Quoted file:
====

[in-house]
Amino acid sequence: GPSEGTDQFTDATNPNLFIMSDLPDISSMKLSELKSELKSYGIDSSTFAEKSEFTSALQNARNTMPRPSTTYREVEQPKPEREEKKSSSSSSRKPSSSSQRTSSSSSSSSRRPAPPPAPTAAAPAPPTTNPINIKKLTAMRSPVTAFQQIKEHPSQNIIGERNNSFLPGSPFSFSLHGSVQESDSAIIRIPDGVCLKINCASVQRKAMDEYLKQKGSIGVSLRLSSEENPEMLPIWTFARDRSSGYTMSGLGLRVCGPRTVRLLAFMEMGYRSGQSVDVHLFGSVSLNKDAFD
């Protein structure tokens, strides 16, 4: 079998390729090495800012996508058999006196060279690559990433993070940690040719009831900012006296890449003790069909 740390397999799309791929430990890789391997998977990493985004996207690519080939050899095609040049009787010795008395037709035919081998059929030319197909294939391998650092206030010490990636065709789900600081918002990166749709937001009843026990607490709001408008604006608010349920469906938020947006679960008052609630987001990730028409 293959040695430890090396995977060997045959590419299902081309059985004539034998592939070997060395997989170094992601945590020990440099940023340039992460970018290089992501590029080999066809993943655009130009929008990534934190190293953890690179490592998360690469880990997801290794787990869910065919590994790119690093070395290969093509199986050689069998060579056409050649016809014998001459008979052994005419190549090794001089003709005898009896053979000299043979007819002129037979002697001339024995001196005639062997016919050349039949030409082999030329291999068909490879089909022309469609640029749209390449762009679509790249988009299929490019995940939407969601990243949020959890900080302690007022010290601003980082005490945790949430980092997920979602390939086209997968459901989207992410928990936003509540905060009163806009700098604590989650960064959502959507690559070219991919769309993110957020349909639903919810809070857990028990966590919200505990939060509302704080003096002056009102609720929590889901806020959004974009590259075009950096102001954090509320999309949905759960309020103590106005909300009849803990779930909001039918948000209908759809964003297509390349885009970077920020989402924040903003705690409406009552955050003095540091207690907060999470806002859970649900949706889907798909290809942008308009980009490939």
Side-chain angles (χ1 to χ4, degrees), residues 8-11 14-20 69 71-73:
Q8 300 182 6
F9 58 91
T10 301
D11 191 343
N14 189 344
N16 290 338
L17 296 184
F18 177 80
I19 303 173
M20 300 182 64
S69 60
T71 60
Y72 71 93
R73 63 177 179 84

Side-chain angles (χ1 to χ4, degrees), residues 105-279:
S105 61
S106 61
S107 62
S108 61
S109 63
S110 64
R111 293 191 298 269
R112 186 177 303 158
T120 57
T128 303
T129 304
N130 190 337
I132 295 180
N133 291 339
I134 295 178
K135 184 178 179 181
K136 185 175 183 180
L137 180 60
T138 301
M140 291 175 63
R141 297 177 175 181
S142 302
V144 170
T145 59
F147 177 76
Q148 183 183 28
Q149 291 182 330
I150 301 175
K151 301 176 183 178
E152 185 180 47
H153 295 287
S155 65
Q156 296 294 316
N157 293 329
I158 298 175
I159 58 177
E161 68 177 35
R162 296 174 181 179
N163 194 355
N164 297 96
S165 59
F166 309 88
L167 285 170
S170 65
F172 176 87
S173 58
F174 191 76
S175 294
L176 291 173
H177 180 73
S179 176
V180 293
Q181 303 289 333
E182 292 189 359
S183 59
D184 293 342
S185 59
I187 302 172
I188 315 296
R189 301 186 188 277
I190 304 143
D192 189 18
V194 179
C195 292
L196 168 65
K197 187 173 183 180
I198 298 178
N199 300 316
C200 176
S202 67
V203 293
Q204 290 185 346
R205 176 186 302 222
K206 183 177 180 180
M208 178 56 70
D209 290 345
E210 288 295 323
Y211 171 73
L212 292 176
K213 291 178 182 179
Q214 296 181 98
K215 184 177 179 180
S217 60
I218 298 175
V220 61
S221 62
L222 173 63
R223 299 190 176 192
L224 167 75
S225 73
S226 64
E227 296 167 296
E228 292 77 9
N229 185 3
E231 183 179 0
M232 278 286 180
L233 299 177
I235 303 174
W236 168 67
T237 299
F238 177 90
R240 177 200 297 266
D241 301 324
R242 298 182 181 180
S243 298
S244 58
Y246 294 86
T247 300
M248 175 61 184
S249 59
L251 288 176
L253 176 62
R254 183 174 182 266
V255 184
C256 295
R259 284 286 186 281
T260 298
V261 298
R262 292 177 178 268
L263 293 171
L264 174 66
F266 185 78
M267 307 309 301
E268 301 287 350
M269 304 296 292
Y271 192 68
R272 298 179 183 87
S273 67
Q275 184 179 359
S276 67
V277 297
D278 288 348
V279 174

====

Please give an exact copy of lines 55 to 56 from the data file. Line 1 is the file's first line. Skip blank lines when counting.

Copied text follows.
I159 58 177
E161 68 177 35